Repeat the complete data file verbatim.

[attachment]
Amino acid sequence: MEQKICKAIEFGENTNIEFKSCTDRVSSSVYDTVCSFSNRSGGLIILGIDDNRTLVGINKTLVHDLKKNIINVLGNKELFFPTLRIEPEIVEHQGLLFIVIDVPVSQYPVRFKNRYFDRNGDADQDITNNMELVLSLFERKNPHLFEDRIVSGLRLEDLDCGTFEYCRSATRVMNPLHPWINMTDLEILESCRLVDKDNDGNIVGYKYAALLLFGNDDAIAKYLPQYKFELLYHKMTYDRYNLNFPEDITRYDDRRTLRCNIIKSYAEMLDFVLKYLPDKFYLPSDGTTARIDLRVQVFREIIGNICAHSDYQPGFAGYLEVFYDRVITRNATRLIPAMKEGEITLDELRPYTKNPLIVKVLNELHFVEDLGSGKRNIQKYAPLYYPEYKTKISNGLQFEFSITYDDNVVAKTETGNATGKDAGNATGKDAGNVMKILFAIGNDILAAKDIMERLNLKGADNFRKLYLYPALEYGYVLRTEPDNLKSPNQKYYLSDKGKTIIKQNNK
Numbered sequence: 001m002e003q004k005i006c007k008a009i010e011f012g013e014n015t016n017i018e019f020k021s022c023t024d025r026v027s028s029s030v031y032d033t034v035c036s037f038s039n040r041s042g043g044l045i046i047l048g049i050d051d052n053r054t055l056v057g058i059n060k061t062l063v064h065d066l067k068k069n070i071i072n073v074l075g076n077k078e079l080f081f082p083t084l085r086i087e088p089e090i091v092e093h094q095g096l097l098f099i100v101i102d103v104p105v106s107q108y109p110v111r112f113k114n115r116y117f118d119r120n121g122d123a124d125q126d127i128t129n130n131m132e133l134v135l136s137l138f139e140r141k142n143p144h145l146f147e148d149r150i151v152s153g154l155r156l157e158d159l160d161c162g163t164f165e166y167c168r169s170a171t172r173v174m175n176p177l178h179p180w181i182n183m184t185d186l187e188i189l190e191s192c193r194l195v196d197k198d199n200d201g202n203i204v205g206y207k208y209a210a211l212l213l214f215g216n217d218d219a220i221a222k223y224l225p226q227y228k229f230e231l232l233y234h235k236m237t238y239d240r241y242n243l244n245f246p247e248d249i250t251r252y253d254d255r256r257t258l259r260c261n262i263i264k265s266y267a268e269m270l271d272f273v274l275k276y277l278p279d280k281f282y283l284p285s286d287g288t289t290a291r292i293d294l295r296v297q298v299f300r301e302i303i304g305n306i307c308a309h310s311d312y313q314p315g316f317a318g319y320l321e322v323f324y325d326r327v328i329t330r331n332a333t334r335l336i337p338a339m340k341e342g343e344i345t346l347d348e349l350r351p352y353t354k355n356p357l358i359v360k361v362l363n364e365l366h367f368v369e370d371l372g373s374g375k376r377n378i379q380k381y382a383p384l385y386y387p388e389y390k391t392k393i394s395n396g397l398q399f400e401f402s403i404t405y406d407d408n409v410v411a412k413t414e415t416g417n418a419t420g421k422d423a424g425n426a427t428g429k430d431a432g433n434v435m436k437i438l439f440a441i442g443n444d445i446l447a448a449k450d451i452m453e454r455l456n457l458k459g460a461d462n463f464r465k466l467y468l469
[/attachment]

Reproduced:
Amino acid sequence: MEQKICKAIEFGENTNIEFKSCTDRVSSSVYDTVCSFSNRSGGLIILGIDDNRTLVGINKTLVHDLKKNIINVLGNKELFFPTLRIEPEIVEHQGLLFIVIDVPVSQYPVRFKNRYFDRNGDADQDITNNMELVLSLFERKNPHLFEDRIVSGLRLEDLDCGTFEYCRSATRVMNPLHPWINMTDLEILESCRLVDKDNDGNIVGYKYAALLLFGNDDAIAKYLPQYKFELLYHKMTYDRYNLNFPEDITRYDDRRTLRCNIIKSYAEMLDFVLKYLPDKFYLPSDGTTARIDLRVQVFREIIGNICAHSDYQPGFAGYLEVFYDRVITRNATRLIPAMKEGEITLDELRPYTKNPLIVKVLNELHFVEDLGSGKRNIQKYAPLYYPEYKTKISNGLQFEFSITYDDNVVAKTETGNATGKDAGNATGKDAGNVMKILFAIGNDILAAKDIMERLNLKGADNFRKLYLYPALEYGYVLRTEPDNLKSPNQKYYLSDKGKTIIKQNNK
Numbered sequence: 001m002e003q004k005i006c007k008a009i010e011f012g013e014n015t016n017i018e019f020k021s022c023t024d025r026v027s028s029s030v031y032d033t034v035c036s037f038s039n040r041s042g043g044l045i046i047l048g049i050d051d052n053r054t055l056v057g058i059n060k061t062l063v064h065d066l067k068k069n070i071i072n073v074l075g076n077k078e079l080f081f082p083t084l085r086i087e088p089e090i091v092e093h094q095g096l097l098f099i100v101i102d103v104p105v106s107q108y109p110v111r112f113k114n115r116y117f118d119r120n121g122d123a124d125q126d127i128t129n130n131m132e133l134v135l136s137l138f139e140r141k142n143p144h145l146f147e148d149r150i151v152s153g154l155r156l157e158d159l160d161c162g163t164f165e166y167c168r169s170a171t172r173v174m175n176p177l178h179p180w181i182n183m184t185d186l187e188i189l190e191s192c193r194l195v196d197k198d199n200d201g202n203i204v205g206y207k208y209a210a211l212l213l214f215g216n217d218d219a220i221a222k223y224l225p226q227y228k229f230e231l232l233y234h235k236m237t238y239d240r241y242n243l244n245f246p247e248d249i250t251r252y253d254d255r256r257t258l259r260c261n262i263i264k265s266y267a268e269m270l271d272f273v274l275k276y277l278p279d280k281f282y283l284p285s286d287g288t289t290a291r292i293d294l295r296v297q298v299f300r301e302i303i304g305n306i307c308a309h310s311d312y313q314p315g316f317a318g319y320l321e322v323f324y325d326r327v328i329t330r331n332a333t334r335l336i337p338a339m340k341e342g343e344i345t346l347d348e349l350r351p352y353t354k355n356p357l358i359v360k361v362l363n364e365l366h367f368v369e370d371l372g373s374g375k376r377n378i379q380k381y382a383p384l385y386y387p388e389y390k391t392k393i394s395n396g397l398q399f400e401f402s403i404t405y406d407d408n409v410v411a412k413t414e415t416g417n418a419t420g421k422d423a424g425n426a427t428g429k430d431a432g433n434v435m436k437i438l439f440a441i442g443n444d445i446l447a448a449k450d451i452m453e454r455l456n457l458k459g460a461d462n463f464r465k466l467y468l469